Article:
Phonegap and a Million Frameworks

January 2013 · 5 minute read

When writing a mobile app there are a ton of choices you need to make before you really get started. I’m going to discuss some of my experiences making these choices and living with them afterwards, starting with PhoneGap/Cordova itself.


First off Cordova and Phonegap are the same thing, Phonegap is currently transitioning over to be an Apache Incubator project which is called Cordova.

When choosing to use Cordova you are saying a few things about your app. The First is that performance isn’t a huge concern for the project. Second that you will be using third party plugins or writing your own to facilitate all interactions with the device hardware that falls outside of what you could normally do in browser.

For agreeing to live(mostly) inside the devices webview you are rewarded with being cross platform(requires some extra work for each platform) and being able to reuse most of your html/javascript skills. What to expect When getting started I found it tough to get details on phone gap performance. I’ve found start up speed to be pretty quick, and only about a second slower than most native apps. For example on my phone(Android 4+) my app starts about as fast as instagram does.

In app performance is further complicated in your next decision which is your mobile framework choices.

Choosing a Framework

This can be a very important step so choose wisely. I strongly recommend navigating to the demos for each framework in each platform you support and testing out all widgets/animations/transitions/etc that you are planning on using. This should give you a reasonable ball park for what sort of performance/lag to expect.

JQuery Mobile

JQuery Mobile is really easy to start using. It shares many conventions with JQuery and the documentation is pretty good. It also has a active community and a good user base. That being said its pretty slow(as of version 1.2).

Don’t plan on using animations on any low end devices. Even with hardware acceleration turned I found them to be jittery on my Android 4.0 phone.

After creating the first version of my app I was so dismayed with the performance of slide animations on popups and button press event lag that I decided to scrap the whole thing and move to Sencha(more in the Sencha section). I eventually came back to JQM and with some optimizations got things running pretty smoothly due to the learning curve and time constraints.

Sencha Touch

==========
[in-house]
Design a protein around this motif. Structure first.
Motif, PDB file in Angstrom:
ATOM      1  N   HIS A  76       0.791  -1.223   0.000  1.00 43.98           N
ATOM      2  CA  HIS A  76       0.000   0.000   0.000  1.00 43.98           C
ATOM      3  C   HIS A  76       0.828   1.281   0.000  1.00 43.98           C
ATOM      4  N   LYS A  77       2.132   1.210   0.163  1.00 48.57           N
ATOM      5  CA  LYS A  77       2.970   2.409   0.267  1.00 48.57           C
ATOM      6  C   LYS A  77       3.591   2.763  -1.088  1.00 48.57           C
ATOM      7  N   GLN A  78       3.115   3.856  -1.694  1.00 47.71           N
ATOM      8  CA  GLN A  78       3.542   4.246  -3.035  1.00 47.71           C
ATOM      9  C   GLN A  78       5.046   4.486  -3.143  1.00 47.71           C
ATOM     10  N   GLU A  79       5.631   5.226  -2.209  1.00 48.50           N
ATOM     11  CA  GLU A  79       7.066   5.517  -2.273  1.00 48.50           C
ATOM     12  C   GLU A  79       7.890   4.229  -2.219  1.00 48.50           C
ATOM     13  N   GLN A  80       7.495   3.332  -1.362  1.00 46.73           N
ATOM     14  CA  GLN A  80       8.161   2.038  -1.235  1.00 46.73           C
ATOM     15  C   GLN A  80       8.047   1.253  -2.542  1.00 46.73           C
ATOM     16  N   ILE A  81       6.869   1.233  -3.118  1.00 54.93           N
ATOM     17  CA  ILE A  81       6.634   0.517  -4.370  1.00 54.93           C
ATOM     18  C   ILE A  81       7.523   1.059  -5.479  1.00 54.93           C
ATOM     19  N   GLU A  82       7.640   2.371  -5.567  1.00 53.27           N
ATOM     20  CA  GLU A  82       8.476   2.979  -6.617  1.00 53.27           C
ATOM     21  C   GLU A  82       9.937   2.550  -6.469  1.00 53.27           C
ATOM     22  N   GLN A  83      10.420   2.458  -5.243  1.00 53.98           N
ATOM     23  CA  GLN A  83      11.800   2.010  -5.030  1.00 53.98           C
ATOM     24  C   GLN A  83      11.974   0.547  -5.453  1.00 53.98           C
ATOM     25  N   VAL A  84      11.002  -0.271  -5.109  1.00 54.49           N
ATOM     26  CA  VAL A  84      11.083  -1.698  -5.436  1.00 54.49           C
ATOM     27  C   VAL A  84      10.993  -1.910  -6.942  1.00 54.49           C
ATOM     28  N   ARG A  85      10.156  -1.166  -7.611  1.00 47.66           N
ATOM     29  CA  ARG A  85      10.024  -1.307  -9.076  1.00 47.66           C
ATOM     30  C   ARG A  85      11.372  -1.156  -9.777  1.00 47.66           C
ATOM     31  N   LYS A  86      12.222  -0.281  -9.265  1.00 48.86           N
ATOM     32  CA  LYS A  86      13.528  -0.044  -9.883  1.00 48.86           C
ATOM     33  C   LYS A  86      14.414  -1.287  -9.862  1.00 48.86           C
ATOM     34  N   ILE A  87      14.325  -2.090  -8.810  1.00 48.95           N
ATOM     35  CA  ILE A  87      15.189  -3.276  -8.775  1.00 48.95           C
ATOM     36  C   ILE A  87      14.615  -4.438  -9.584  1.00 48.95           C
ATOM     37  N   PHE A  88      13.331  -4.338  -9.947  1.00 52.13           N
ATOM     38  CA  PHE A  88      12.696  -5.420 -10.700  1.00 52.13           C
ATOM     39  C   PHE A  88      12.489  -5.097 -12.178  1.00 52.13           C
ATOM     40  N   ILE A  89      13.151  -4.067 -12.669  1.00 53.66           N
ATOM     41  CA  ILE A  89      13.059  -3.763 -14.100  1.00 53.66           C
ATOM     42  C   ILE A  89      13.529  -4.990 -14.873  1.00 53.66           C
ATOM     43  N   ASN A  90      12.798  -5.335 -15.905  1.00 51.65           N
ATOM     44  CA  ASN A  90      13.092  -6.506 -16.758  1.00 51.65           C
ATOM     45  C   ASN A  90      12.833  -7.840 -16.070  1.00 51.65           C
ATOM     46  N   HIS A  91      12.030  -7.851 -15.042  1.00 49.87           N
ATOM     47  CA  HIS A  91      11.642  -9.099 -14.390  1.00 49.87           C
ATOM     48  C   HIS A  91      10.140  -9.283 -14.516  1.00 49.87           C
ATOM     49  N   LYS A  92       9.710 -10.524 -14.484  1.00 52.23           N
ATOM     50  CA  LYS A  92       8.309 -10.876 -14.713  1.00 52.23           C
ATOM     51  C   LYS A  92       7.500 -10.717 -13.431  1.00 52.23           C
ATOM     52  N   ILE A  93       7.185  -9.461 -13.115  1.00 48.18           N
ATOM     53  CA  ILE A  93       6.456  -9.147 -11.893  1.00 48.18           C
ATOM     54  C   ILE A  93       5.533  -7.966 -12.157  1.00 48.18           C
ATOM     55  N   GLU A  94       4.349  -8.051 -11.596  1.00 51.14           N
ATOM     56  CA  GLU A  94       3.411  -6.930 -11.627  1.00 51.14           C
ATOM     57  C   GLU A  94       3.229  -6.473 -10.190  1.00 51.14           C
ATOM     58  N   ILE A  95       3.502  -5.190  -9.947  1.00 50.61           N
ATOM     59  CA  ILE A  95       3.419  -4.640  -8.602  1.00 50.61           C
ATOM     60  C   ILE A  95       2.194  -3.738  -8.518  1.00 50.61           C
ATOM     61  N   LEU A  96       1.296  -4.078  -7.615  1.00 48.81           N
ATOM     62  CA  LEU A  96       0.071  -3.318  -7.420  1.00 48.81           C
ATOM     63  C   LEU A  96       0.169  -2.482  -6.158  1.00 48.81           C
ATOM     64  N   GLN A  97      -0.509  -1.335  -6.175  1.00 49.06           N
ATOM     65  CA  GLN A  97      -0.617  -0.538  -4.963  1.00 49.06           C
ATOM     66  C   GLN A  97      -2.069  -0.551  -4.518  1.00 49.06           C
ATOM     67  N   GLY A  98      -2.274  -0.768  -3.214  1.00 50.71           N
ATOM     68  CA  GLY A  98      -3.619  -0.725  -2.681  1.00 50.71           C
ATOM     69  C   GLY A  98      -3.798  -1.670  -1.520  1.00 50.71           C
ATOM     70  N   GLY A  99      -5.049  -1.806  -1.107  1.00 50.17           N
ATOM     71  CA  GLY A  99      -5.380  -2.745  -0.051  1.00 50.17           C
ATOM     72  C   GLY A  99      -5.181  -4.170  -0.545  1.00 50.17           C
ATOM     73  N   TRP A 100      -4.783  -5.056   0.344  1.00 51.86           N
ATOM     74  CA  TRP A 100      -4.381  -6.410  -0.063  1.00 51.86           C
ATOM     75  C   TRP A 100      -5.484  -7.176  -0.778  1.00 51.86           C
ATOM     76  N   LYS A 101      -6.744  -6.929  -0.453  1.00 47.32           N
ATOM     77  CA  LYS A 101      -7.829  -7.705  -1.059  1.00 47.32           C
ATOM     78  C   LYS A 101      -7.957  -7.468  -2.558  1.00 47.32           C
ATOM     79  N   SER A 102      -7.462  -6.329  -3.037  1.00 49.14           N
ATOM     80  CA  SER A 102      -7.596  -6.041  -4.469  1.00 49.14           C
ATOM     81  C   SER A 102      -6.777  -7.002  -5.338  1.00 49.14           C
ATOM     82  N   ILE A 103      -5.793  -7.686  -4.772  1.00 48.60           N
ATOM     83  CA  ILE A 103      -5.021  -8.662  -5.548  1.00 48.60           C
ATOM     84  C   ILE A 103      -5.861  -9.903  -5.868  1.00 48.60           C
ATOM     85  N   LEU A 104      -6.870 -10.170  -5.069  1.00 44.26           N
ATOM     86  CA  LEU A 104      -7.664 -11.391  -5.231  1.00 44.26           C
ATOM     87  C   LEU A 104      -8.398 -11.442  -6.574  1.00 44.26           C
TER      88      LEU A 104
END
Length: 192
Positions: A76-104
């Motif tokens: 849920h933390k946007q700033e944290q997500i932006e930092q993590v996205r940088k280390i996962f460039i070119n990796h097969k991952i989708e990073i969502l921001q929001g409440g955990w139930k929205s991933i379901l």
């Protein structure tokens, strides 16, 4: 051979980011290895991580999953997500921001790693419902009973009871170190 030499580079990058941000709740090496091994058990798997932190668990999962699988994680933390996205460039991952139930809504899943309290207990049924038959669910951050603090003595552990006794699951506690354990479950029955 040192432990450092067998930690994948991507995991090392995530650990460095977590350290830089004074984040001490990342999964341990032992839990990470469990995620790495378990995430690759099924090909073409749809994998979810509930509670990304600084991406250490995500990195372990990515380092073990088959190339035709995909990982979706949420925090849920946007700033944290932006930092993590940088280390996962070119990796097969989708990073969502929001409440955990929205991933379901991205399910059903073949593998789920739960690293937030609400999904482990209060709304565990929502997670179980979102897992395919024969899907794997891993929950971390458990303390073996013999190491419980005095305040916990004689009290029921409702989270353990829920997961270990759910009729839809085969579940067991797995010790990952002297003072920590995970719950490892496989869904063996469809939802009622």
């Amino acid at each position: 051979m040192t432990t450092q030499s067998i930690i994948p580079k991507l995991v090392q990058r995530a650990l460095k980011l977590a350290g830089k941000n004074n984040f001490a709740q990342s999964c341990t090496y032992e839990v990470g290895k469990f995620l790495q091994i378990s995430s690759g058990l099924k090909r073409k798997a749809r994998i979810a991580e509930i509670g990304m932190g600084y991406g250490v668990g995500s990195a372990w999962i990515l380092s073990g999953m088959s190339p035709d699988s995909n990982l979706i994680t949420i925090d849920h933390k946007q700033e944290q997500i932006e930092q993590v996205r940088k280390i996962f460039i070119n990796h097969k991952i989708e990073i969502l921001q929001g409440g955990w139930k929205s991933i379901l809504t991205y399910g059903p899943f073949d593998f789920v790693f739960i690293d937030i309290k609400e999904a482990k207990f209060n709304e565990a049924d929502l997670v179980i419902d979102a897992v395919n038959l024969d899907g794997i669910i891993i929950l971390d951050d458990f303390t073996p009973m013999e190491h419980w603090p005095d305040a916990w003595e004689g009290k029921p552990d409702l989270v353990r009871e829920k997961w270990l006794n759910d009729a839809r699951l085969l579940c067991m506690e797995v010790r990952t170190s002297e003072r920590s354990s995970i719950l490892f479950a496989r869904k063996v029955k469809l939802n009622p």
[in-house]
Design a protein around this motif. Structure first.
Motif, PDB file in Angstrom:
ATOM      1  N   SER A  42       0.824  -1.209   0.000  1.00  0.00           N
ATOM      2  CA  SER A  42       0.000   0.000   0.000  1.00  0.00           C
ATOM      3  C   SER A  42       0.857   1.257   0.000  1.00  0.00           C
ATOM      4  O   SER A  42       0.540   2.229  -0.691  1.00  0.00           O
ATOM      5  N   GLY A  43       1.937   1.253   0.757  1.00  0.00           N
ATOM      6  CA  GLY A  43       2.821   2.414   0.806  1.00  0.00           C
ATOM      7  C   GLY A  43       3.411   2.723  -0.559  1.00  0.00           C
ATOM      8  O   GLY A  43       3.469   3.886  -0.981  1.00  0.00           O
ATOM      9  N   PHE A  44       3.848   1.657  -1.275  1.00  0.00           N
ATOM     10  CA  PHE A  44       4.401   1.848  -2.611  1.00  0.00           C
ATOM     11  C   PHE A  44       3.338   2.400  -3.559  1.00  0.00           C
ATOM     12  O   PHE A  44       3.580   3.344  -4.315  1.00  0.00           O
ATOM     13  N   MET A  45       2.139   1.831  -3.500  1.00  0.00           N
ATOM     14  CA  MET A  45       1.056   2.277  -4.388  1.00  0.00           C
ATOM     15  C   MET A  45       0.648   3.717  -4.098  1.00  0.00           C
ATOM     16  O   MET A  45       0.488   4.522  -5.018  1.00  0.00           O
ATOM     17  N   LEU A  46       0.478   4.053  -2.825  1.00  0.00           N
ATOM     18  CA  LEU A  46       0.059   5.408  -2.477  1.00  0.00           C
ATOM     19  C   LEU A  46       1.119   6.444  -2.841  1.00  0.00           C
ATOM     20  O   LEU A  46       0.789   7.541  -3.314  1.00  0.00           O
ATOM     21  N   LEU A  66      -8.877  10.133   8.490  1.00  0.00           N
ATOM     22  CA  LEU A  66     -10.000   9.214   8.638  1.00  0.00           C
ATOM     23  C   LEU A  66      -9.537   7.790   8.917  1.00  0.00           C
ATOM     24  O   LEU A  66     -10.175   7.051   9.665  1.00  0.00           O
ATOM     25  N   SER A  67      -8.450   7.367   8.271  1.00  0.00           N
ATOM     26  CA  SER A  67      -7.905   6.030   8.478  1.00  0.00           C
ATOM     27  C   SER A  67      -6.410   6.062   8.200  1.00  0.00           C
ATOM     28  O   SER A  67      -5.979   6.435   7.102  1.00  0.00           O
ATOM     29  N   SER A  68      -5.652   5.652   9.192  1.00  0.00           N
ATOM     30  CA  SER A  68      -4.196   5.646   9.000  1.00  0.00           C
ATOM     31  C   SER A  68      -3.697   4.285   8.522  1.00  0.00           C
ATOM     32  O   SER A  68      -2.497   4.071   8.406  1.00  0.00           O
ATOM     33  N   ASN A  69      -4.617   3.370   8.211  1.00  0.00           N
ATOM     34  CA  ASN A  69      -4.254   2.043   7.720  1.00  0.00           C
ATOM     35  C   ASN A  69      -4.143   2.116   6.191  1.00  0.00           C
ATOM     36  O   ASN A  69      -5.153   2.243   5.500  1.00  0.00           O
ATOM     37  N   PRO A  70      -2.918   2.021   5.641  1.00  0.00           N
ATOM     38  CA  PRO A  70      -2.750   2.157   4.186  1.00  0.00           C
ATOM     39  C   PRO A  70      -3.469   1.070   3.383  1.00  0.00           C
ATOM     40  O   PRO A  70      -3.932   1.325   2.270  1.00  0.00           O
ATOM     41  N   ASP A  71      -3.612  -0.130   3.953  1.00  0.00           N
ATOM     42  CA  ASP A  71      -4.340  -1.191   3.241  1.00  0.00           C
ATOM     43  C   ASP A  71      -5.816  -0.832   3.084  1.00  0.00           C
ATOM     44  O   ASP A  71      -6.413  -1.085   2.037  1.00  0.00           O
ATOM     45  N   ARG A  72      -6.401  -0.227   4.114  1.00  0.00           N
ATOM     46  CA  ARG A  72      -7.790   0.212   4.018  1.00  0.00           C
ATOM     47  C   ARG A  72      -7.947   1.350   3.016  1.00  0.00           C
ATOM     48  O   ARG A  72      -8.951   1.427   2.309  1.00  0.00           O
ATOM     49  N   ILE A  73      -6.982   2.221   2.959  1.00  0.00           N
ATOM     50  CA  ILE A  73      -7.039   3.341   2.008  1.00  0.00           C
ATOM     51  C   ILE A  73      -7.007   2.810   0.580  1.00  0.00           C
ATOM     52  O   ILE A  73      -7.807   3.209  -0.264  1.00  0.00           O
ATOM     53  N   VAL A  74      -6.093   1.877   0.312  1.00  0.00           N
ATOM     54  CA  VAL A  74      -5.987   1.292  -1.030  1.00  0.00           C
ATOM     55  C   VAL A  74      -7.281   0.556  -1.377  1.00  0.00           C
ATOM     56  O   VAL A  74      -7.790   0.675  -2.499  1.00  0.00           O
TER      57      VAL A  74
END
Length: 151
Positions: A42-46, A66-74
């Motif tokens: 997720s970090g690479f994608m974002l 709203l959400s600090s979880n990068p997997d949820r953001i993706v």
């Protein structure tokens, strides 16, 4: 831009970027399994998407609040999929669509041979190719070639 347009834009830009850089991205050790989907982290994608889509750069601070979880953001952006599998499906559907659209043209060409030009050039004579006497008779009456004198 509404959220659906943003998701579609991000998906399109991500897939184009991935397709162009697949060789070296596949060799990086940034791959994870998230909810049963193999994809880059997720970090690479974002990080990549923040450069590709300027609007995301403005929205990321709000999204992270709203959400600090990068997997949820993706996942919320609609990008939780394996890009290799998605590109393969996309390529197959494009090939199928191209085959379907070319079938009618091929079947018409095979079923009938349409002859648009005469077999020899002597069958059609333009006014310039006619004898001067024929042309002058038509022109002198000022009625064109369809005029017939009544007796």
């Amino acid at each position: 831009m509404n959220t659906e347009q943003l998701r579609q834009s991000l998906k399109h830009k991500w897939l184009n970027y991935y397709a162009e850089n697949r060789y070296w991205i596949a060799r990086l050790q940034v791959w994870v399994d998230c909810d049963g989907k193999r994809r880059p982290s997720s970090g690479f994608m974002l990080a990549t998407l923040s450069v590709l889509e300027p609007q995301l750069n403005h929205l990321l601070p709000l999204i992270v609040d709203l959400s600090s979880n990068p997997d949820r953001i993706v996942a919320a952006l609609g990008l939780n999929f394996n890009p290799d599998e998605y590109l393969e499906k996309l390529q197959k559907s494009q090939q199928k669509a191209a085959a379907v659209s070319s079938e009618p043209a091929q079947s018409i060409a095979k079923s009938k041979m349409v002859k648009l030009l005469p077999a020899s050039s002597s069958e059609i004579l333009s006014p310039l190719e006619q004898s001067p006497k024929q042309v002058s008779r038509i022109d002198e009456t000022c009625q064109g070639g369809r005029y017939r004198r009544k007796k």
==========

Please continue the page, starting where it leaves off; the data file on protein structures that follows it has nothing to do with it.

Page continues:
Take a look at the kitchen sink demo for Sencha Touch on your device and you’ll see why the framework is so popular. The performance is amazing and the touch interaction feels fast, light and even native. I plan on using Sencha if my app ever gets a version 2. Sencha is very well designed and I couldn’t see your app outgrowing it.

For this performance you need to make some big changes to your “web development” mentality. Its MVC so that will probably be familiar but other than that you’ll be creating mostly the entire app in javascript in a fashion that felt to me a lot like Desktop GUI development. It was this steeper learning curve which personally led me back to JQM for the minimum viable version 1 of my app. Because of non-standard design of the framework, porting web pages over into your app is tricky and time consuming.

if your requirements mandate largish scrollable lists, Sencha seems to have the best options/performance as well as some really nice data bindings.

Kendo UI Mobile

I gave Kendo UI Mobile a try but its licensing costs were outside of my non-profit budget.

Kendos big draw is that your app will look native(ish) on whatever device its run on. I found the performance to be pretty good and the demo feels pretty snappy as well.

jqMobi and jqUI

Take a look at jqMobi and you’ll see some impressive performance scores. Unfortunately I there isn’t much documentation and the little there is, is further obscured by its name being so similar to JQuery Mobile. For the most part JQMobi’s API is close enough that you can reuse your JQuery knowledge but the JQMobi UI is a different story.

If you are really after performance I’d recommend going with Sencha, although I didn’t go too deep with JQMobi so it might be a diamond in the rough.

As a side note, I did replace JQuery itself with jqMobi and the api’s were close enough that I didn’t need to make any code changes. This isn’t hugely benificial though since its JQM widgets are the bottle neck and not JQuery itself.

Roll your Own

Setting out alone is a good alternative but be forewarned, it will eat a chunk of your time in the long run. Mobile browsers (web views) haven’t had the time that desktop browsers have had to synchronize across platforms and iron out the kinks. This coupled with touch events, limited performance and memory can lead to all sorts of quirks that you’ll have to handle.

You’ll also need to choose or create your own navigation system to handle background loading of pages unless you want to see your pages rendering between navigation’s as well as handle the lags and quirks relating to button presses/touch events which is a rabbit hole on its own.